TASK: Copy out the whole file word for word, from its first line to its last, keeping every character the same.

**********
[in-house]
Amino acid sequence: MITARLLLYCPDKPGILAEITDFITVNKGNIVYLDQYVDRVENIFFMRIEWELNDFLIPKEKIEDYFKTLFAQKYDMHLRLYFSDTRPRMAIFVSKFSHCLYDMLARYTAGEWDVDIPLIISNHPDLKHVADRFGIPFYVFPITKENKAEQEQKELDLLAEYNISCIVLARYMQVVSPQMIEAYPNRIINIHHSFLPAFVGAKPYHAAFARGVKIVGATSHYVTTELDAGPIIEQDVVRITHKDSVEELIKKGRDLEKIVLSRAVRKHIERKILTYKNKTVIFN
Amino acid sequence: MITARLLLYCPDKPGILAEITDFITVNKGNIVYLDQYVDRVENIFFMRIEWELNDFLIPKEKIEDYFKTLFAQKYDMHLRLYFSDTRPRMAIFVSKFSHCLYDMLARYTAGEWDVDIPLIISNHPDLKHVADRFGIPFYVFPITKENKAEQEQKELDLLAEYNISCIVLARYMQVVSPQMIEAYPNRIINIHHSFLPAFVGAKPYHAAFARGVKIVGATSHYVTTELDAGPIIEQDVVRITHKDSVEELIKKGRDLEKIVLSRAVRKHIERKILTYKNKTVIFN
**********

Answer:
[in-house]
Amino acid sequence: MITARLLLYCPDKPGILAEITDFITVNKGNIVYLDQYVDRVENIFFMRIEWELNDFLIPKEKIEDYFKTLFAQKYDMHLRLYFSDTRPRMAIFVSKFSHCLYDMLARYTAGEWDVDIPLIISNHPDLKHVADRFGIPFYVFPITKENKAEQEQKELDLLAEYNISCIVLARYMQVVSPQMIEAYPNRIINIHHSFLPAFVGAKPYHAAFARGVKIVGATSHYVTTELDAGPIIEQDVVRITHKDSVEELIKKGRDLEKIVLSRAVRKHIERKILTYKNKTVIFN
Amino acid sequence: MITARLLLYCPDKPGILAEITDFITVNKGNIVYLDQYVDRVENIFFMRIEWELNDFLIPKEKIEDYFKTLFAQKYDMHLRLYFSDTRPRMAIFVSKFSHCLYDMLARYTAGEWDVDIPLIISNHPDLKHVADRFGIPFYVFPITKENKAEQEQKELDLLAEYNISCIVLARYMQVVSPQMIEAYPNRIINIHHSFLPAFVGAKPYHAAFARGVKIVGATSHYVTTELDAGPIIEQDVVRITHKDSVEELIKKGRDLEKIVLSRAVRKHIERKILTYKNKTVIFN